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Guest Post: Conception without Penetration

Conception without Penetration

Having vaginismus need not be a barrier to having a baby.

Not everyone wants children. Not everyone wants penetrative sex. Not every vagninismic person identifies as a woman and not everyone with vaginismus who wants children is in a monogamous and/or heterosexual relationship - or intending to be in a relationship at all.

Over the ten years I’ve specialised as a vaginismus therapist, my clients tend to be in their teens or 20s with penetrative sex as an all consuming goal and an avoidance of thinking about children, or in their late 30s and 40s with penetrative sex also as a goal but with the added fear that they are too late, or running out of time to have children. With all vaginismus clients who want children now or in the future, this seems horribly, devastatingly out of reach. I have been in both of these camps.

Most of what you will read about vaginismus is about is penetrative sex with a penis. Indeed all my training to date has been about this. I tired to write about vaginismus and conception, birth and pregnancy before I went through it and it was near impossible to find info. I believe this is because there isn’t one standard way and the care and initiative and knowledge you get varies from private clinic to private clinic and NHS hospital to NHS hospital.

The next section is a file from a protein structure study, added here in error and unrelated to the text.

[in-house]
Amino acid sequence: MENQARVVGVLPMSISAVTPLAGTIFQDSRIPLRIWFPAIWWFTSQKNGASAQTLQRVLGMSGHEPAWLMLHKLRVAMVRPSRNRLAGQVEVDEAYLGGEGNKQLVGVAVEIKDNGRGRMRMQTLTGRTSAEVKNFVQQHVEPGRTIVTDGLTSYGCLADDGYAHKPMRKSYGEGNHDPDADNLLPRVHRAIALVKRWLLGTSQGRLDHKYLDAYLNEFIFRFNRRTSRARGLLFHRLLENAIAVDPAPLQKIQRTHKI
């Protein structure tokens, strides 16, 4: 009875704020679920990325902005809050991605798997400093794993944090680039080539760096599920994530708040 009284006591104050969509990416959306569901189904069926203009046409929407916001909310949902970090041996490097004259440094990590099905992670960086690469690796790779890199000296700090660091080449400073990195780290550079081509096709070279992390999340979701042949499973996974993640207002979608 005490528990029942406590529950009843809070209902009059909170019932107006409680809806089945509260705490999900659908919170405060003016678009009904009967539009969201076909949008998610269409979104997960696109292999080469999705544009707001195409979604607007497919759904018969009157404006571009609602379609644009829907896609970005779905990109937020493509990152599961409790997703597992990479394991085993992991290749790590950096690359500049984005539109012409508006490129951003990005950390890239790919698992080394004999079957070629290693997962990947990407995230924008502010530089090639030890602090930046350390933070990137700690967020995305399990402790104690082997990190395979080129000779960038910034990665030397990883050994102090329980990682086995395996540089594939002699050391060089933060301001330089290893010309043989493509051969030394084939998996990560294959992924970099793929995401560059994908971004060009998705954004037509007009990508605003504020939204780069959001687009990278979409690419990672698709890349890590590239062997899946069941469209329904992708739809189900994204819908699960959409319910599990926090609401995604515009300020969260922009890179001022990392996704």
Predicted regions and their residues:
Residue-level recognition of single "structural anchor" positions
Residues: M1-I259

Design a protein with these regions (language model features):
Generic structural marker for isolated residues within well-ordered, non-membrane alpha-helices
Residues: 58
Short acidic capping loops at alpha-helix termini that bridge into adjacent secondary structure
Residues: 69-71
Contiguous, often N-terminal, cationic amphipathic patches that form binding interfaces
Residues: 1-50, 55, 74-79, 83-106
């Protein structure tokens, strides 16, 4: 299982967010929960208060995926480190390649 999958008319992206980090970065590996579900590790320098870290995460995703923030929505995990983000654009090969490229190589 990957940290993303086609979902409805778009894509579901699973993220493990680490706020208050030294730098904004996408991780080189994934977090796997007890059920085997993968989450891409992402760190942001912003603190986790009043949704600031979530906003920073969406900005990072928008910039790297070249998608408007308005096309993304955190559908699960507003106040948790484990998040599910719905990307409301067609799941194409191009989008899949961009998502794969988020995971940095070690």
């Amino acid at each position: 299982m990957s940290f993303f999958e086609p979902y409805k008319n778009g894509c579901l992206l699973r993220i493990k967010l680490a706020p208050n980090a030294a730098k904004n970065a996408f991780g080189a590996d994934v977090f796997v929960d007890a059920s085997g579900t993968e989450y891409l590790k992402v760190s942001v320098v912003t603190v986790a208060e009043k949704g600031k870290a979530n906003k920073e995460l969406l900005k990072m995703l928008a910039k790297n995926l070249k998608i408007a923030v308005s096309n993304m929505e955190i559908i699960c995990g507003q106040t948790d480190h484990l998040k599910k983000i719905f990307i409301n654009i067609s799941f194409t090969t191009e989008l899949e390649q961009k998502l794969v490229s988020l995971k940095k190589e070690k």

Some of the info here is what I have learnt from personal experience, some is what have gleaned from clients and some from medical professionals. I’m writing this to get the ball rolling. This is by no means the last word on the subject, it is mainly a blog of ideas that I hope will inspire anyone who needs it to do their own reading, ask their own questions and find their own way. I would be incredibly happy for anyone to message me with a contradiction, change or add any info to this piece - my email is at the bottom.

Conception without penetration

First things first: you do not have to have penetrative sex to get pregnant. Let me repeat: YOU DO NOT HAVE PENETRATIVE SEX TO GET PREGNANT!

Pausing the quest for penetration before conception can feel like a huge wrench. Further, if you do recover from vaginismus and feel time is running out to conceive, it can put extra pressure on your bits. The NHS website recommends sex every two to three days when trying to conceive. So a mix of penetration and artificial insemination can be a great thing for many couples. I would even recommend it to people who are in full control of their genitals but are finding all the sex needed to hopefully strike it lucky is too much.

Other issues include a partner not being wanting to fully commit to a relationship with children before they know that they could have sex. Often when I am in couples therapy with such couples, the tension can be consuming. The lack of sex can be to blame for every issue that comes up or it can cause enough resentment to drive a couple apart. If this is your partnership, I strongly recommend couples therapy with a therapist who you each feel listened to and respected by. Once you have a plan - for this and your sex life - you may both feel more in control.